Things that stay with me are being unable to hold and touch my son in the first few days of his life. Having to stay in a post-natal ward with other mums and their babies, listening to the babies cry and wondering if my son was crying upstairs on his own. Leaving the hospital without my baby, and seeing other parents carrying their new-borns home in car-seats; being too unwell to see my boy more than once a day. Giving up on breastfeeding even though I knew it would have been far better for his tiny gut to have personalised milk instead of formula. Trying to be a ‘normal’ mum and go out with friends for a coffee – as soon as I started to feed my son I realised this would never be normal; I pulled out his bottles of medication and syringed them into his mouth; I added thickener to his milk, and had to hold him upright so he wouldn’t choke on his bottle, instead of cradling him next to me. Sobbing into the sink as I sterilised seven bottles even though I was so exhausted I could have curled up to sleep on the tiles.
These things are still painful to me six years on. I felt so alone and aching. The most common thing people said to us was, “But he’s alright now, isn’t he?” I know they meant well but it felt as though they were negating the pain we had gone through. What I really wanted was for someone to say, “I’m sorry you went through that; it must have been horrible.” But I don’t think anyone really understood.
Illness has a way of isolating the sufferer.
It helps to write these things down. It helps to acknowledge that this was a traumatic and terrible experience. It helps to realise that it still affects me, and probably will until my dying day. I will always be a mother who watched her son struggle for life, who had to let go and trust that he would be ok despite my body having failed him.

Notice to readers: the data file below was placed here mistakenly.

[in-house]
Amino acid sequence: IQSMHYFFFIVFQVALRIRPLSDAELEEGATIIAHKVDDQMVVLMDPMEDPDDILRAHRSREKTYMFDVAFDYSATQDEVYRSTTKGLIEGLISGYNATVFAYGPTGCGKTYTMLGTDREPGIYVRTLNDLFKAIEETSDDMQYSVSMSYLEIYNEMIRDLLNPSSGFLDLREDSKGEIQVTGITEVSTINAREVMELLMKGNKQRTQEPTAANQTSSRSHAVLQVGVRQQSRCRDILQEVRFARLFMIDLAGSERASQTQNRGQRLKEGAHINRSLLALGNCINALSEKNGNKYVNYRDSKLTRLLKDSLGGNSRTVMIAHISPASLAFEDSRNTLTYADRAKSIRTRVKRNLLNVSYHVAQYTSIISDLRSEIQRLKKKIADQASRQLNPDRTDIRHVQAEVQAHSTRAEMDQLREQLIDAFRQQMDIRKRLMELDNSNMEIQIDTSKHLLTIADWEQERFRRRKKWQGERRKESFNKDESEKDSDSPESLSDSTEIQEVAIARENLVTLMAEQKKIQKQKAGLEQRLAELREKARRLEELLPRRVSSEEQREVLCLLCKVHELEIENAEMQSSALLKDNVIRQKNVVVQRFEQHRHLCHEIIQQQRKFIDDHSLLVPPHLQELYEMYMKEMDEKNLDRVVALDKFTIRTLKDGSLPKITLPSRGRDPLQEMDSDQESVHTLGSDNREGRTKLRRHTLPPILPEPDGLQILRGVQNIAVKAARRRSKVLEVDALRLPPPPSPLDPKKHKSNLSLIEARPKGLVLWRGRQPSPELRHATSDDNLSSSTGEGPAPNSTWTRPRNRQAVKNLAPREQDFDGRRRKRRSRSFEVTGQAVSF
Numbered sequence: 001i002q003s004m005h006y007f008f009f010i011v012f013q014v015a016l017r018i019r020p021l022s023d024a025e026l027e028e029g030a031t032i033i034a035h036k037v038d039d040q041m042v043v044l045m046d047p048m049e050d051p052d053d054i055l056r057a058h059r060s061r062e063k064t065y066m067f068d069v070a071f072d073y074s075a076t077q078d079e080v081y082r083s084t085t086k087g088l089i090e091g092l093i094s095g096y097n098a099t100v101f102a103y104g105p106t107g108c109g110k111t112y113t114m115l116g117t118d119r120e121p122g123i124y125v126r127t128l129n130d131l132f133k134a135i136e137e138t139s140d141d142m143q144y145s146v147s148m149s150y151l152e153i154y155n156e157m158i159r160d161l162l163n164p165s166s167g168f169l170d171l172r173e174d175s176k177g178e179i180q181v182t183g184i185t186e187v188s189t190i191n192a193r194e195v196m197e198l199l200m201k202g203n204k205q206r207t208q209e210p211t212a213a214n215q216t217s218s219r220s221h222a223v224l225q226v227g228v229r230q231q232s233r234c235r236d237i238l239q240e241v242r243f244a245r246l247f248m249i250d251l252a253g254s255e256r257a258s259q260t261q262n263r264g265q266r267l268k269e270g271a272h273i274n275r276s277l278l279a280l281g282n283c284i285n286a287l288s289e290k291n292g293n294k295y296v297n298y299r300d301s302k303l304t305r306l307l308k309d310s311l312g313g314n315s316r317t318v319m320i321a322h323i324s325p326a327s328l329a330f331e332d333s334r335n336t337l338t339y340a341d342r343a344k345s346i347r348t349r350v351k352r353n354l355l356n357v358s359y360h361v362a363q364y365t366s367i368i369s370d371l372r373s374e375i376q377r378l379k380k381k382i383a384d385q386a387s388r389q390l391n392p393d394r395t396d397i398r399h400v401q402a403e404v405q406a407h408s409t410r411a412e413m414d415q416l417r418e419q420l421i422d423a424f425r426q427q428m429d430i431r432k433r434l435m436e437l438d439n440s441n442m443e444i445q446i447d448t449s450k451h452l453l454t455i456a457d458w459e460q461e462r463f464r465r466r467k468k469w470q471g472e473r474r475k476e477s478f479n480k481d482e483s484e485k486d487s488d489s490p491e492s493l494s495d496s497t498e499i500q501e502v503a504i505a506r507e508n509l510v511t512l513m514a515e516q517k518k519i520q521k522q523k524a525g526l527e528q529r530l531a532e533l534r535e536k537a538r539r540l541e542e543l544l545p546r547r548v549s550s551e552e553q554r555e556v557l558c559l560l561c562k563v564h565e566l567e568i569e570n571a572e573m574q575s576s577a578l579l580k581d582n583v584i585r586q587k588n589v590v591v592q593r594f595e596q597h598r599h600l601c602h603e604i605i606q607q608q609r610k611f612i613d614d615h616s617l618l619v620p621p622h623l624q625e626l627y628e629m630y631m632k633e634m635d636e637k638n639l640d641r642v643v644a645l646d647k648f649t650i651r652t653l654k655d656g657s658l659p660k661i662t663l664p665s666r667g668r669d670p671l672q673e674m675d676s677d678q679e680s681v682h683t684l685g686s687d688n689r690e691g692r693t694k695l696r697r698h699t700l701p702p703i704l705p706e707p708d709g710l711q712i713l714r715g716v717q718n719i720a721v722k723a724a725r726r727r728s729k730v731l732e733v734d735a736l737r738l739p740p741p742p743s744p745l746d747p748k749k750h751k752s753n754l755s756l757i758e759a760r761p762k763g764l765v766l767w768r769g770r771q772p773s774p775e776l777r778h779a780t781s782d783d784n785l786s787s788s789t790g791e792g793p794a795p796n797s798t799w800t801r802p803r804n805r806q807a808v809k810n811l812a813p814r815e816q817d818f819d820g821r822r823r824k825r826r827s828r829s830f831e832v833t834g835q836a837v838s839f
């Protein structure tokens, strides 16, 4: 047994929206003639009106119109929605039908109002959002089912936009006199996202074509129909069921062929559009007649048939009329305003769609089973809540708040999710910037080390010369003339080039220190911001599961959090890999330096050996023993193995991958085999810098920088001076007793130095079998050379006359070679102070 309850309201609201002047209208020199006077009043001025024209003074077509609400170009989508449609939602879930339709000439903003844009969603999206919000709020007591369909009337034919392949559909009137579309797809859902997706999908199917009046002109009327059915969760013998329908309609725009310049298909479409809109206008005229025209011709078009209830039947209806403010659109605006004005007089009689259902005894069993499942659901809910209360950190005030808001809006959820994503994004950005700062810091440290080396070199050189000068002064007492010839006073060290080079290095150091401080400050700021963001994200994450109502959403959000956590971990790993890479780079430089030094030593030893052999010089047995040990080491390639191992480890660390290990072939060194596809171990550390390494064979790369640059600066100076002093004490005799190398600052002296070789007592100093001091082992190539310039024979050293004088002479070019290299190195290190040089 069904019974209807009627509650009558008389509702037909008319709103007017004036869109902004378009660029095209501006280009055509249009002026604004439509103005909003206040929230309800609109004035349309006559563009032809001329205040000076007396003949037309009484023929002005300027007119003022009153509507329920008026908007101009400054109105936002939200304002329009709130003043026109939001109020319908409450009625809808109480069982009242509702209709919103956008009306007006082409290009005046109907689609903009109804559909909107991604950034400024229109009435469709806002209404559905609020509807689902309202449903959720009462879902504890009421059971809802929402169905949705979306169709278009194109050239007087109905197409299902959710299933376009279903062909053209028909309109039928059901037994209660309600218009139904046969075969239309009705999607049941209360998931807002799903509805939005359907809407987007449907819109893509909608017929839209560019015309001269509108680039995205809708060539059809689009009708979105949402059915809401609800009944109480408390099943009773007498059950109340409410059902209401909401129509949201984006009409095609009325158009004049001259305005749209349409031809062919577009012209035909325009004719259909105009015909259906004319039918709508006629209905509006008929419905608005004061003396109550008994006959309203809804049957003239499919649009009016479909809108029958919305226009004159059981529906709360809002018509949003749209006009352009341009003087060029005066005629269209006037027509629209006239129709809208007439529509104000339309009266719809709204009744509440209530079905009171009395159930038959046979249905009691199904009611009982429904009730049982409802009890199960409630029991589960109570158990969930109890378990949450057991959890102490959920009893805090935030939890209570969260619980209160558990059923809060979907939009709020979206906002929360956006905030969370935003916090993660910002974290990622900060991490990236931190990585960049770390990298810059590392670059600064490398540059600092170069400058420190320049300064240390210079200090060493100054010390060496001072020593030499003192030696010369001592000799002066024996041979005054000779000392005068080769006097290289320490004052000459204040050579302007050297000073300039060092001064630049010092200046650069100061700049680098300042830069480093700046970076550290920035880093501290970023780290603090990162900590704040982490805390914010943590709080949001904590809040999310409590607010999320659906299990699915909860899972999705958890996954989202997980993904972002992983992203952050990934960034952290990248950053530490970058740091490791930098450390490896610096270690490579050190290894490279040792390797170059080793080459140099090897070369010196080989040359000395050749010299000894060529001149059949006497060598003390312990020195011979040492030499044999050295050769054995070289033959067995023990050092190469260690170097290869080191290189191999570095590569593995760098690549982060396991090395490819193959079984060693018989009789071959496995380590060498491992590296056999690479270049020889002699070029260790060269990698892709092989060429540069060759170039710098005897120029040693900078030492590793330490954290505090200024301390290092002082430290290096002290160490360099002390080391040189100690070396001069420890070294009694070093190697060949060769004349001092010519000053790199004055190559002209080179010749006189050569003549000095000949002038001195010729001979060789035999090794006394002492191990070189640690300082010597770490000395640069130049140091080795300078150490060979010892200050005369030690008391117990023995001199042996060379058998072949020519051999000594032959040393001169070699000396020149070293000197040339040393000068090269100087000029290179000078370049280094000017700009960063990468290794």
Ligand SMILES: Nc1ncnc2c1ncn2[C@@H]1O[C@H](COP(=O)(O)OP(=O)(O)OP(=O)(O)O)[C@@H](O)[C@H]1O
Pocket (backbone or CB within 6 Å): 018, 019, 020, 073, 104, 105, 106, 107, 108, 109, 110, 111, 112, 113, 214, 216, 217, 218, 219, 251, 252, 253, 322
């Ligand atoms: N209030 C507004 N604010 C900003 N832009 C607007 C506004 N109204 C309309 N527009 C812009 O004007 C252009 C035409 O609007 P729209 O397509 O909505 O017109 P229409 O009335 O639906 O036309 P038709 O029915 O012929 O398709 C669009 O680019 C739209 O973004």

I am thankful, thankful every day that we both lived. Thankful that I was treated well and that the disease was caught. If I had missed that 28 week check I think I could well have collapsed in the next few days. I am thankful that my body recovered and that I was not left with long-term kidney or heart damage, as some women are.
I am thankful that we brought my son home, albeit in very different circumstances to the ones I’d imagined. I am thankful that he suffered no complications, but grew strong and healthy. I am thankful that formula was available to replace the milk I could not supply.
I am thankful for the hundreds of people who prayed for us around the world – both our parents have formidable networks of Christian friends around the globe and the word quickly spread about the danger we were in.
I am thankful that when I left the hospital each night, I could ask Jesus to watch over my son and stay with him when I could not. I believe I was heard.